Planning for Success

August 8, 2003 - 08:43

The final word

With the hectic spring season behind us and the summer
doldrums well established, it's the perfect time to assess your business and
life. Now, you may want to talk only about your business at this time, but I
think the two are interwoven and need to be addressed jointly. Most growers
have family operations meaning life and work are the same. We seem to work long
hours in the pursuit of success, yet many times, we fail to weigh out what
those long hours are doing for our personal well-being, as well as our
family's.

BUSINESS PLANNING

This past spring season has been a little rough for many
greenhouse growers. Overly wet weather with a lot of wet weekends resulted in
slow sales and more dump. An extended spring season meant longer hours and lots
of reduced prices. Regardless, many growers say they did OK this spring, but
the proof is in how much product they sold at full price. If you sell 50
percent of your product at full price but reduce your price up to 50 percent to
move the rest, how much profit did you make? Don't just look at how much money you
took in (cash flow), but exactly how much profit (margin) did the season
provide?

I know most growers hate to dump and will sell for whatever
price they can. Hopefully, those crops are still decent when they get to the
stores, but many times, they are not. Dump is taken right off the bottom line.
It's an easy figure to total but a hard one to categorize. I have clients who
are finding out exactly how hard it is to assign reasons for dump as they set
up systems to measure dump and allocate its costs to the proper departments for
them to deal with.

I hear sales departments blaming high dump on growers for
not growing the crop correctly and production blaming sales for not selling it
on time. How do you address this? Start with solid sales planning by week and
label crops in the greenhouse by ship week. Then, keep track of quality, weekly
sales reports and weather conditions. Note: for most crops and locations, a
quality crop can be held maybe two weeks past its assigned ship week.

I encourage all sides to plan together and take
responsibility for their part of the plan. At the same time, you need some
flexibility in the plan to account for poor weather or changing sales
environments. If you are responsible for both sales and production, which side
do you prefer? Most growers produce first, then hope to sell later. But you
really need to look at both sides to put a good business plan in place. The big
question is: Are you producing what you can sell or selling what you can
produce? Your profit margin and dump report will change dramatically depending
on which side you're on.

Putting together a business plan calls for a lot of
forecasting. It depends on good current and historical information, as well as
best guesses. How good your information is and how realistic your guesses are
will determine whether your business plan succeeds. I know a few growers who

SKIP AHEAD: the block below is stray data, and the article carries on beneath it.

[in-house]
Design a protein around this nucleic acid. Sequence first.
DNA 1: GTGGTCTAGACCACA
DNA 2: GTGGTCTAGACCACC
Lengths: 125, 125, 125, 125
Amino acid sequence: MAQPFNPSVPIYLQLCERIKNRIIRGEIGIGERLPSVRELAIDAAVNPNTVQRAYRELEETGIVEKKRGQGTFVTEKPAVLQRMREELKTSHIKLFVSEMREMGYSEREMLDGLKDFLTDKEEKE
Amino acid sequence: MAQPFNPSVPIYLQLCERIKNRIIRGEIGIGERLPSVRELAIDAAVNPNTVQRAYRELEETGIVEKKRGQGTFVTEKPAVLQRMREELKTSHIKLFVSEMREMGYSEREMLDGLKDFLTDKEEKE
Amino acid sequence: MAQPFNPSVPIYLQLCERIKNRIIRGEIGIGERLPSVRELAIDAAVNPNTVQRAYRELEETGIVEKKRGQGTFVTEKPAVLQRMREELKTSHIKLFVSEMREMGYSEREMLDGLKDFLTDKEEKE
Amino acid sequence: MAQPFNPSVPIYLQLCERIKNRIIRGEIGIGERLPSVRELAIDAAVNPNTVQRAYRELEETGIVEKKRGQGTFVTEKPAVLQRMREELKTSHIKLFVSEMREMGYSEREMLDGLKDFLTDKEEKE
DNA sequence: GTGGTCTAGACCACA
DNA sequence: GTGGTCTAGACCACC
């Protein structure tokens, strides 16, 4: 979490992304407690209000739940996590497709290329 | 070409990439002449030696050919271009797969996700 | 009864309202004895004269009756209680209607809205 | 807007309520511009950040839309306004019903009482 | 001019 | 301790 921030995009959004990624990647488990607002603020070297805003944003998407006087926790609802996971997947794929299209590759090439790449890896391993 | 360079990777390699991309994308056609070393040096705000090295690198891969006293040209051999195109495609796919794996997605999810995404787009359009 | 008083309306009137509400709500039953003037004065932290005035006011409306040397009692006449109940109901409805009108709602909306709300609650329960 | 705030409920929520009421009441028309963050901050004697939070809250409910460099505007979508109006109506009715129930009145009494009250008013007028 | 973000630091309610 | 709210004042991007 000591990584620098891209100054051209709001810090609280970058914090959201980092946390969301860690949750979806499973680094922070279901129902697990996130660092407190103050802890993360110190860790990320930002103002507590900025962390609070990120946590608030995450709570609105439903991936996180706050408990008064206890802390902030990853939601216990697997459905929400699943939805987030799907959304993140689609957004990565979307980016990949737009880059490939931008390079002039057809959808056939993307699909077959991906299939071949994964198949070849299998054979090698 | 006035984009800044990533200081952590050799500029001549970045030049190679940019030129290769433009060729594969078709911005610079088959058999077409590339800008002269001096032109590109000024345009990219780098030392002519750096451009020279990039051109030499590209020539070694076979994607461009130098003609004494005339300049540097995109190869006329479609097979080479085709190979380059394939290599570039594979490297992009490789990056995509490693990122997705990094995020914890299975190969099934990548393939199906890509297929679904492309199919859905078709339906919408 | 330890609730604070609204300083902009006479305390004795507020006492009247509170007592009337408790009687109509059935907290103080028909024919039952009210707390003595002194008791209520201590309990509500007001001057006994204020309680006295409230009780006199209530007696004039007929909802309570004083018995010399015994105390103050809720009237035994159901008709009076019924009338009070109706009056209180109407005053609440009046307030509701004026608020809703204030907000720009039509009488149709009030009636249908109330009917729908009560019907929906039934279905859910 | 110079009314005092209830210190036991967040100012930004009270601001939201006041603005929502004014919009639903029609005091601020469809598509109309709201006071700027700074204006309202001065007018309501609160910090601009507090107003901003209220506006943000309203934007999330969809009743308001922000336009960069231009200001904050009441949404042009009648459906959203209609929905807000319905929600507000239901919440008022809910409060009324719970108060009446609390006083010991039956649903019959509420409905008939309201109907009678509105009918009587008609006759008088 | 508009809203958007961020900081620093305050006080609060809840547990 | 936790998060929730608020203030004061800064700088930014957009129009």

bet big on some crops based on their estimates and threw away most of the crop
when the sales don't come through! How did that ever get into the business plan
in the first place? And who should be held accountable? If you are going to try
new crops, never increase or decrease any crop by more than 10 percent a year.
Just because you were successful selling 1,000 strawberry jars does not mean
you will be successful selling 10,000 strawberry jars.

Finally, take into account a product's life cycle when
adding new crops. A new product typically has about a three-year life cycle
before everyone is producing it or consumers get tired of it. Either way, it
means less profit as that product nears the end of its life cycle. So, keep
coming up with new ideas and push them for all they're worth, recognizing when
it's time to get out of that product.

LIFE PLANNING

As I mentioned, planning for your business should include planning
for your life. After all, many of us have suffered burnout at one time or
another, and if not for the slower times...What's that? You don't have an
off-season anymore? Well, get ready to lose some key people!

To keep your sanity, I recommend more balance between work
and personal time. That doesn't mean you cut back to 36 hours a week during
spring, but it does mean you plan vacations and encourage your key staff to do
the same by providing the time during slower periods to get away and recharge
their batteries. We all know people who have been under a lot of stress and
look much older and less healthy than they should. Have you looked at yourself
in the mirror lately? I mean, really looked at yourself.

I can speak about this topic personally. I love my work, but
I know it has taken up a lot of my personal life. So, I am making some changes.
First, I have just bought a house after living in an apartment for eight years.
I really missed mowing the grass and planting flowers. Second, I am trying to
improve my physical health while traveling extensively. Eating better and
walking more are on the program, both at home and on the road. Third, I plan to
spend as much time with my teenage daughter as my schedule will allow. She is
actively planning what to do with my new house to make it comfortable for her.
And finally, I want to continue to make as many friends in this industry as
possible. So, feel free to introduce yourself if we happen to bump into each
other somewhere down the road.

About The Author

Dr. Roger C. Styer is the industry's leading production consultant and president of Styer's Horticultural Consulting, Inc., Batavia, Ill. He can be reached by phone at (630) 208-0542 and E-mail at carleton@voyager.net.

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